If both sides score the same number of runs, the match is tied. However, the match may run out of time before the innings have all been completed. In this case, the match is drawn.

An over consists of six balls bowled, excluding wides and no-balls. Consecutive overs are delivered from opposite ends of the pitch. A bowler may not bowl two consecutive overs. Runs are scored when the two batsmen run to each other's end of the pitch. Several runs can be scored from one ball. A boundary is marked around the edge of the field of play.

If the ball is hit into or past this boundary, four runs are scored, or six runs if the ball doesn't hit the ground before crossing the boundary. The ball comes into play when the bowler begins his run up, and becomes dead when all the action from that ball is over. Once the ball is dead, no runs can be scored and no batsmen can be dismissed. The ball becomes dead for a number of reasons, most commonly when a batsman is dismissed, when a boundary is hit, or when the ball has finally settled with the bowler or wicketkeeper.

A ball can be a no-ball for several reasons: A no-ball adds one run to the batting team's score, in addition to any other runs which are scored off it, and the batsman can't be dismissed off a no-ball except by being run out, hitting the ball twice, or obstructing the field.

An umpire calls a ball "wide" if, in his or her opinion, the ball is so wide of the batsman and the wicket that he could not hit it with the bat playing a normal cricket shot. A wide adds one run to the batting team's score, in addition to any other runs which are scored off it, and the batsman can't be dismissed off a wide except by being run out or stumped, by hitting his wicket, or obstructing the field.

Bye and leg bye. If a ball that is not a wide passes the striker and runs are scored, they are called byes. If a ball hits the striker but not the bat and runs are scored, they are called leg-byes. However, leg-byes cannot be scored if the striker is neither attempting a stroke nor trying to avoid being hit. Byes and leg-byes are credited to the team's but not the batsman's total. In cricket, a substitute may be brought on for an injured fielder.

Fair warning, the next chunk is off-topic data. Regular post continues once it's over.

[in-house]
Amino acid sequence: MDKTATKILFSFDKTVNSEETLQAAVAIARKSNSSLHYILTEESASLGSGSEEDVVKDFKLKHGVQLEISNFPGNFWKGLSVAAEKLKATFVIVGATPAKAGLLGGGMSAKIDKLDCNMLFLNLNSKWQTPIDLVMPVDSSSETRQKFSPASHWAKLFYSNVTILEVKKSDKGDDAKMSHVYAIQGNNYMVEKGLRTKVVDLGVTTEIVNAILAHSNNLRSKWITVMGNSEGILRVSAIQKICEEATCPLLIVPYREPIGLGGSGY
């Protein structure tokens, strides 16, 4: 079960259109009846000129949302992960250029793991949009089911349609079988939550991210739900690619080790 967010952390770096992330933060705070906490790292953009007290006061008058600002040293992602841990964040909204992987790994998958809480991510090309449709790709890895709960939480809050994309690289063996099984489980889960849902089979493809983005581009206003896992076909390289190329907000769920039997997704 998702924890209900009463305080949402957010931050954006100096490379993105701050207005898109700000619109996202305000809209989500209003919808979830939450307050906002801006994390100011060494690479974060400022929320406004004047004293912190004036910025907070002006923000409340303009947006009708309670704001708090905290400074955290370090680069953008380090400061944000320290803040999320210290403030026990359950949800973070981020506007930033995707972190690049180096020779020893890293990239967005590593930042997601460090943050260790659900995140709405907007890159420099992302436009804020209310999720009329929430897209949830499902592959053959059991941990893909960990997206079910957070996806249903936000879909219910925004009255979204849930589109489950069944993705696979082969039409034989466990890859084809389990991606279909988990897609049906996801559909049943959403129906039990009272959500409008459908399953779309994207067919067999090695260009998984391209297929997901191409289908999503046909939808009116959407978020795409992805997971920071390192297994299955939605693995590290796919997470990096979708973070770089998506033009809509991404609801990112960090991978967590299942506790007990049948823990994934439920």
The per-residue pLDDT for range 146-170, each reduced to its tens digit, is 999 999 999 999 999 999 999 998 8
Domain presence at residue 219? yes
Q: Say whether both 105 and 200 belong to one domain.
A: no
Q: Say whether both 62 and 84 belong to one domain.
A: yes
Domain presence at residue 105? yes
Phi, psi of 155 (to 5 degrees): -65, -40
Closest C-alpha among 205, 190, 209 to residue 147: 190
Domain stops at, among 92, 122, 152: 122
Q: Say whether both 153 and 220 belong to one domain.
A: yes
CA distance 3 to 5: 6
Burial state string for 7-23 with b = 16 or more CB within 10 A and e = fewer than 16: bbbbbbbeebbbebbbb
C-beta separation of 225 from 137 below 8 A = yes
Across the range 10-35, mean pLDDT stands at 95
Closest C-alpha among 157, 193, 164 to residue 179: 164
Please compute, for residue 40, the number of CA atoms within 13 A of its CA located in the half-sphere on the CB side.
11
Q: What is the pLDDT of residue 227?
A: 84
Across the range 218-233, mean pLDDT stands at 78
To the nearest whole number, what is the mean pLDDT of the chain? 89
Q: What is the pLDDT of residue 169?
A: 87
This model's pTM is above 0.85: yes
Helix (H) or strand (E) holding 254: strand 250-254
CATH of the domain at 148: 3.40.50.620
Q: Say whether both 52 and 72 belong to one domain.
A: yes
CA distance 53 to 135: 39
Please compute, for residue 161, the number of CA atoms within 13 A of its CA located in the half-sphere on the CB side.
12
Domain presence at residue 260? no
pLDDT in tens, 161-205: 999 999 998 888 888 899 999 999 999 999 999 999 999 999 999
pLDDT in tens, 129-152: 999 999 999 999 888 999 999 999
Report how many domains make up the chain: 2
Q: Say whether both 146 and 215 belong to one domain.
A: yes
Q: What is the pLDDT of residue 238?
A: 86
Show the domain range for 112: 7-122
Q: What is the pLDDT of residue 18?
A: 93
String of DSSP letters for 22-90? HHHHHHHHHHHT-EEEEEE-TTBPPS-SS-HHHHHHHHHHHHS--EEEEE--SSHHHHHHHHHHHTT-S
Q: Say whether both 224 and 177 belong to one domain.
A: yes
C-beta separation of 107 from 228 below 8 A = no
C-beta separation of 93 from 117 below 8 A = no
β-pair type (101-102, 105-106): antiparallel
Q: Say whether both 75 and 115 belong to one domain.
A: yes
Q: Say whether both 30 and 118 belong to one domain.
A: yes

However, a substitute may not bat, bowl or act as captain. The original player may return if he has recovered. Batsman's innings ; Runners A batsman who becomes unable to run may have a runner, who completes the runs while the batsman continues batting. The use of runners is not permitted in international cricket under the current playing conditions. Alternatively, a batsman may retire hurt or ill, and may return later to resume his innings if he recovers.

Practice on the field. There may be no batting or bowling practice on the pitch during the match. Practice is permitted on the outfield during the intervals and before the day's play starts and after the day's play has ended. Bowlers may only practice bowling and have trial run-ups if the umpires are of the view that it would waste no time and does not damage the ball or the pitch. The keeper is a designated player from the bowling side allowed to stand behind the stumps of the batsman.